Thursday, April 24, 2014

Creating an Edible Forest at Church

 New Chapter Unfolds in FUMC's Partnership With Iskashitaa

For the past four years First United Methodist Church has worked with Iskashitaa Refugee Network in a variety of ways. One of the first things Rev. Beth Rambikur did on arriving at FUMC was to go to Iskashitaa to meet Dr. Barbara Eiswerth (founder & director) and Natalie Brown (development director & member at FUMC) and to explore the partnership:  past, present, and future.  Brainstorming for the future focused on exploring ways to produce food on FUMC property.  

Shortly after, Pastor Beth wrote a letter of support affirming the partnership that helped Iskashitaa in receiving a grant from the Arizona State Forestry Department.  In part, this grant supports Iskashitaa staff and volunteers in collaborating with FUMC and the Wesley Foundation to establish an “edible forest” at FUMC.  The edible forest will consist of trees, herbs, and shrubs that will provide food resources for refugee families.  The grant also assists with the costs of the existing Iskashitaa harvesting program and provides resources to establish a program of systematically identifying, pollinating, and subsequently harvesting dates from palm trees throughout Tucson.

Two planning meetings have outlined steps in developing the Edible Forest at FUMC.  An initial action step was the recent composting workshop at FUMC, led by Iskashitaa volunteer Sheryl Lehman.   Follow-up will be to establish a composting site at FUMC.   Lauren Maghram from FUMC plans on using our "recyclables" from Social Hall events as "fodder" for the compost.   Additionally, Dr. Barbara Eiswerth recently taught an adult Sunday School class entitled, “Heart of the Harvest”.   Additional classes will be held later in the year. Separate from this grant project, Iskashitaa’s Faith-Based Organization Liaison and United Methodist US-2, Stephanie Plotas, recently coordinated a Food for Thought potluck at FUMC with refugees and members of other faith communities present. The September Coin Sunday offering and a United Methodist Women's donation were designated for support of Stephanie's work.  Our partnership is indeed multifaceted. 

Leadership and volunteers from FUMC are meeting regularly with Iskashitaa staff to finalize plans for the Edible Forest.  If you have an interest in assisting with planning and/or maintaining these fruit- bearing plants, or assisting with the compost pile, please contact Natalie Brown at or call 520-440.0100.

Iskashitaa Refugee Network is very grateful for the ongoing support of First UMC.  Your partnership truly makes a difference in the lives of hundreds of refugees throughout Tucson.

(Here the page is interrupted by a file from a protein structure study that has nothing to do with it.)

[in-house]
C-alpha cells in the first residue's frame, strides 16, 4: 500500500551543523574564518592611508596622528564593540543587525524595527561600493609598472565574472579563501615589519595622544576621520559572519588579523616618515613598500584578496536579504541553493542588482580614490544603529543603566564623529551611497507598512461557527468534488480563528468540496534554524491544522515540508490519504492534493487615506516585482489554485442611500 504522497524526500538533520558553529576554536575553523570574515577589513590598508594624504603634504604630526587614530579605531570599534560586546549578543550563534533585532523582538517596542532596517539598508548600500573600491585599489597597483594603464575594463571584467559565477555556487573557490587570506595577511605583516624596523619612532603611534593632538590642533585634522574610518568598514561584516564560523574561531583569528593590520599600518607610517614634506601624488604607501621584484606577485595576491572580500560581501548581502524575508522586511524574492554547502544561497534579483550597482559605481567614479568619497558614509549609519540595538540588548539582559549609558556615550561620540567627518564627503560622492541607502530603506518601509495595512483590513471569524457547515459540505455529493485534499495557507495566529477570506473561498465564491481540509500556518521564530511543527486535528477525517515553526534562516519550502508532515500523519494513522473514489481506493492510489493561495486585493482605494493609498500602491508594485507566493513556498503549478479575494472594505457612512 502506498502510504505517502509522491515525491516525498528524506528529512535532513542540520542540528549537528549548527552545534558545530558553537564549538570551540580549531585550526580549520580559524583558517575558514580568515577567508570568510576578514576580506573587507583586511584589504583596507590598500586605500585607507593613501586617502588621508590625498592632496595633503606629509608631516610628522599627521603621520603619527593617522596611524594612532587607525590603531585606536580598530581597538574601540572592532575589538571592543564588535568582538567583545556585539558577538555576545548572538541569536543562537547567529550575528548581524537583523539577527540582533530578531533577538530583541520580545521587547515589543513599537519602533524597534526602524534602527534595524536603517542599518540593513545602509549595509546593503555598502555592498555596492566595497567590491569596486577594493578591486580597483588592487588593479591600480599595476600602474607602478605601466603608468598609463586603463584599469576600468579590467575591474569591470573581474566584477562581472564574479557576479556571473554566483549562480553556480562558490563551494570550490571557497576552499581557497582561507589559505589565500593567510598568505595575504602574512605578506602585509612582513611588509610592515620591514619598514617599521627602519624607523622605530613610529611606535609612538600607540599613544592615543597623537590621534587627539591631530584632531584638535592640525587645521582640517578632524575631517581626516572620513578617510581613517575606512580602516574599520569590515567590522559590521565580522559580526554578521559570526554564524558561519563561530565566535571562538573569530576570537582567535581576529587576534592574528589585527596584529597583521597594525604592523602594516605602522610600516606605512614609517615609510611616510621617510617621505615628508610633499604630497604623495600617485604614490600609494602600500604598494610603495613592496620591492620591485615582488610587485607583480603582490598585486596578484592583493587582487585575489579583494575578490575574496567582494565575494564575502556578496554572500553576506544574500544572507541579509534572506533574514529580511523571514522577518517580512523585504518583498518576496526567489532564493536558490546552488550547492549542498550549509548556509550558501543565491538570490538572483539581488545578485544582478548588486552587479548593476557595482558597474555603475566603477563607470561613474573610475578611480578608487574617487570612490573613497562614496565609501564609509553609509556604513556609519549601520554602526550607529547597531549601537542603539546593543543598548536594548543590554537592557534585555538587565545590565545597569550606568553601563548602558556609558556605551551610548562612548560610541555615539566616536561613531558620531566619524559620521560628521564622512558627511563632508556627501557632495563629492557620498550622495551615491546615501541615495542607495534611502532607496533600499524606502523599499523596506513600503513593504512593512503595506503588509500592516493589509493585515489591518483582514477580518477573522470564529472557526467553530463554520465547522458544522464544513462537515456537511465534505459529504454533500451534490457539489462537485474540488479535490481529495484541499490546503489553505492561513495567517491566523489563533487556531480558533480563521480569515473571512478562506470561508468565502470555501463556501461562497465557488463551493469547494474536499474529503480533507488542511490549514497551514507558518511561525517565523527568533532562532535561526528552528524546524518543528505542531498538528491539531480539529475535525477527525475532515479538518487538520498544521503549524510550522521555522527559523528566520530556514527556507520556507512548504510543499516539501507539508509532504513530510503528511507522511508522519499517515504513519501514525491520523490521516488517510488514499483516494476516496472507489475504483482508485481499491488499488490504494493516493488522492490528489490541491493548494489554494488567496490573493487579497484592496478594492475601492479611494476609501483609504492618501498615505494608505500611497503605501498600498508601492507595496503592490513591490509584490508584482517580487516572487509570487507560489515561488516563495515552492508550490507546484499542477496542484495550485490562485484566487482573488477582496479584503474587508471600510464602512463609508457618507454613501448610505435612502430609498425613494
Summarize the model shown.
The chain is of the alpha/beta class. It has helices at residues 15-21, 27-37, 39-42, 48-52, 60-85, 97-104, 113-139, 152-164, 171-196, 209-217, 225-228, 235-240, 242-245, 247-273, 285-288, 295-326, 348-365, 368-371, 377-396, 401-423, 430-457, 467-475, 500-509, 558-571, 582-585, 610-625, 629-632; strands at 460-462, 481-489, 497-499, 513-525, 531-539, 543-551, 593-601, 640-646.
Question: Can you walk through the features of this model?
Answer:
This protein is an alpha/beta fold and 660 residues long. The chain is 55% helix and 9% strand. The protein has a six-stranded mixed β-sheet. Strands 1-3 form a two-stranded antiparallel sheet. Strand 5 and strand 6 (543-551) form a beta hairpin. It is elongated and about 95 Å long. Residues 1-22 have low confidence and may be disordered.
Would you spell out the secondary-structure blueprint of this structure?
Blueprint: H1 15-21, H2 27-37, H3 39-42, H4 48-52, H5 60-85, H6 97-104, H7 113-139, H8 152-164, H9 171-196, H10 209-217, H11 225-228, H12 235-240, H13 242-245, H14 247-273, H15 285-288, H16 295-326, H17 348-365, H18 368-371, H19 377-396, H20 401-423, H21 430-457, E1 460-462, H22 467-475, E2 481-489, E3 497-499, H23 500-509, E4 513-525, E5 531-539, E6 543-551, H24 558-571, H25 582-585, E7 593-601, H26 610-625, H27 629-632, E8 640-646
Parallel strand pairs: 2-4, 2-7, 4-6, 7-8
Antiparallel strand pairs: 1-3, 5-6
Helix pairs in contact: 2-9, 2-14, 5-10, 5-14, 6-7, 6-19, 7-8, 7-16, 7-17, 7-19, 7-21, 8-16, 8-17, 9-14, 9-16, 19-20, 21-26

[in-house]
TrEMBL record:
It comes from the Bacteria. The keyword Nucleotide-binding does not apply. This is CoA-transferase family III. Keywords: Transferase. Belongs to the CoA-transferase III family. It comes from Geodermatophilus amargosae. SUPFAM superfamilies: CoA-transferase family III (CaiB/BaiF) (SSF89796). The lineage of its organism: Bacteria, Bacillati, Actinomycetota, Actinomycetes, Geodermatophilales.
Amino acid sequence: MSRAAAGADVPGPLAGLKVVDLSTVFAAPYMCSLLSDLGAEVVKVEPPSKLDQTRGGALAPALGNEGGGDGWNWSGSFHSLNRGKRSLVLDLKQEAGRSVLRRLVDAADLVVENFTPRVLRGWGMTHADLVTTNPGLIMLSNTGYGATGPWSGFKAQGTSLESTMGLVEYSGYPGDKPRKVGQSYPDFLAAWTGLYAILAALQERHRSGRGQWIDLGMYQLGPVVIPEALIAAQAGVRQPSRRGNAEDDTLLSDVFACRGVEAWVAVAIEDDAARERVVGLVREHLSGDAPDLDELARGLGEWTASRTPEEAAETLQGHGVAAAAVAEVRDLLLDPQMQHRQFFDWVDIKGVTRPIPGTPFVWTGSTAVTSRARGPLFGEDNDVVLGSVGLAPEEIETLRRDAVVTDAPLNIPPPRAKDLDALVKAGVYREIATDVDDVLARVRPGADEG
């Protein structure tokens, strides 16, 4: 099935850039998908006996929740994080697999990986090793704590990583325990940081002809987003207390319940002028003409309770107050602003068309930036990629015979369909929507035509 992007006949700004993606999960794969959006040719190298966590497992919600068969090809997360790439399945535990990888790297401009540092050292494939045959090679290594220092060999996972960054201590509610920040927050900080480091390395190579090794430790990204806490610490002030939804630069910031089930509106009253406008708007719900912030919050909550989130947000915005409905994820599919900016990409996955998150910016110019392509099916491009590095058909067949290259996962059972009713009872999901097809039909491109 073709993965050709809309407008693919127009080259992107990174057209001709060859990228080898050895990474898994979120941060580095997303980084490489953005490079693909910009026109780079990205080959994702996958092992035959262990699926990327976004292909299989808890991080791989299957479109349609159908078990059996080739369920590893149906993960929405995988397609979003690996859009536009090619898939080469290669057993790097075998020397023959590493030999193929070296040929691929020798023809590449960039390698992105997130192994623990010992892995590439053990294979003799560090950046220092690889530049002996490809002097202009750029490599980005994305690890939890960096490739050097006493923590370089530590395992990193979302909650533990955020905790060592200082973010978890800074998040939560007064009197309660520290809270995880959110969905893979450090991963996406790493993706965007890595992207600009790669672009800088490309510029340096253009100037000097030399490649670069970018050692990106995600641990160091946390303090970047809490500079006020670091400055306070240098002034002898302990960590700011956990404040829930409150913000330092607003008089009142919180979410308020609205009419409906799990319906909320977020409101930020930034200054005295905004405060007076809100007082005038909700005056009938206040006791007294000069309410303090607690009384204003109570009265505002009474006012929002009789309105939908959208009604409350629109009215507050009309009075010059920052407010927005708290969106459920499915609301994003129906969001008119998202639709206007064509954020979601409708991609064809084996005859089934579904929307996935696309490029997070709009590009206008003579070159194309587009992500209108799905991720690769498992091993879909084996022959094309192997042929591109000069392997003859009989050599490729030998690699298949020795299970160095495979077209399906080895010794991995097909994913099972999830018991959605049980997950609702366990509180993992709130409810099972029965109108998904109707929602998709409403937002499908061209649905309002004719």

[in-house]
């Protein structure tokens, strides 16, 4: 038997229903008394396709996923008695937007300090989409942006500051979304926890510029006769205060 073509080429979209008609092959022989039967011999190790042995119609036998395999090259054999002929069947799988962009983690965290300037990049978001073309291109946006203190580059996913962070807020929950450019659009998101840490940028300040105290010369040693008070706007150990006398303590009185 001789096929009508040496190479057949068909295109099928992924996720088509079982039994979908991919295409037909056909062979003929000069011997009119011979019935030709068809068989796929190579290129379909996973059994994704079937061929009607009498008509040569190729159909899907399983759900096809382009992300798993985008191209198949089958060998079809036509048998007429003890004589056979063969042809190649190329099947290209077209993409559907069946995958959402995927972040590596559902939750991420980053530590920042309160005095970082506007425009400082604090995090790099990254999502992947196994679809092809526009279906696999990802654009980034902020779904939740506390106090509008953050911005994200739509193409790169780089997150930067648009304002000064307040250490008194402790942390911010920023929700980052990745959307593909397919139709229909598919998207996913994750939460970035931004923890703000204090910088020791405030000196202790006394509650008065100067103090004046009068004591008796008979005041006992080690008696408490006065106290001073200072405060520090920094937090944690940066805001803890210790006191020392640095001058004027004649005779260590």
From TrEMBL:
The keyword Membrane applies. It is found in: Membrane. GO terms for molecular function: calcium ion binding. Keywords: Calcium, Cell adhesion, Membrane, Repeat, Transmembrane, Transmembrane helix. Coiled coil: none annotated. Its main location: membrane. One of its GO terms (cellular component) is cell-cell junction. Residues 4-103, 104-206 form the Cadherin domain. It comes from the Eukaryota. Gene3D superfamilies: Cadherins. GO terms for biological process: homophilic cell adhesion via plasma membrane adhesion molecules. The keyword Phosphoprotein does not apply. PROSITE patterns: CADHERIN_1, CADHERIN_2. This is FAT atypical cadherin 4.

For more information about this Iskashitaa partner, visit the First UMC website

Wednesday, April 9, 2014

Students, Refugees Harvest Sour Oranges

Following the success of the LEAF Team’s first calamondin lime harvest on March 8, the momentum continues with another Seville (sour) orange harvest, April 5that yielded 600 pounds. (LEAF: Linking Edible Arizona Forests)

This time the team is focusing its efforts on another valuable, yet misunderstood citrus food resource – Seville oranges, known to many as “sour oranges.” 

Seville oranges, although sour in taste, possess many cultural values for refugee communities within Tucson. In fact, for much of the Arabic speaking world this“narenge” is used even more frequently than lemons. During a food preservation demonstration planned for April 17, UN refugees will be sharing some of their culinary knowledge about these fruit incorrectly considered inedible by many locals.

Glenn Wright, a citrus expert and associate professor at the University of Arizona’s Agriculture Center in Yuma, shared some valuable information on harvesting techniques:

·         When picking citrus by hand, avoid “plugging,” or ripping of the fruit’s outer rind, as much as possible. Especially for calamondin limes, this will extend the shelf life and quality of the fruit well beyond the harvest date.

·         When using a clipper, trim as close to the stem as possible. If there is concern about bacterial transmission between trees, using a 5% bleach dip to sanitize clippers is recommended.

·         Get to know your trees. Yellowing leaves or bumpy bark can indicate nutrient deficiencies or viruses, which can result in lower quality fruit.

·         Harvesting technique decisions should always be made on a tree-to-tree basis. Some older trees may require handling with care, and some fruit are more delicate that others. For instance, the rinds of calamondin limes are soft, making them prone to rupture, while Seville oranges tend to be hardier in harvesting and storage.

·         For juicing purposes, don’t be afraid to pick the ugly fruit. Fruit not traditionally beautiful can be desirable for what they provide in their juice.

For more information about the harvests, or to get involved, contact citrus intern Ty Trainer at ttrainer@email.arizona.eduMelanie Lenart, project manager for LEAF on the UA Campus, at, or Barbara Eiswerth, director of Iskashitaa Refugee Network, at

Further, the harvesting of these oranges has provided ample opportunity for research and an expansion of our awareness of the conditions that affect the fruit’s quality and longevity.

By Ty Trainer, LEAF Intern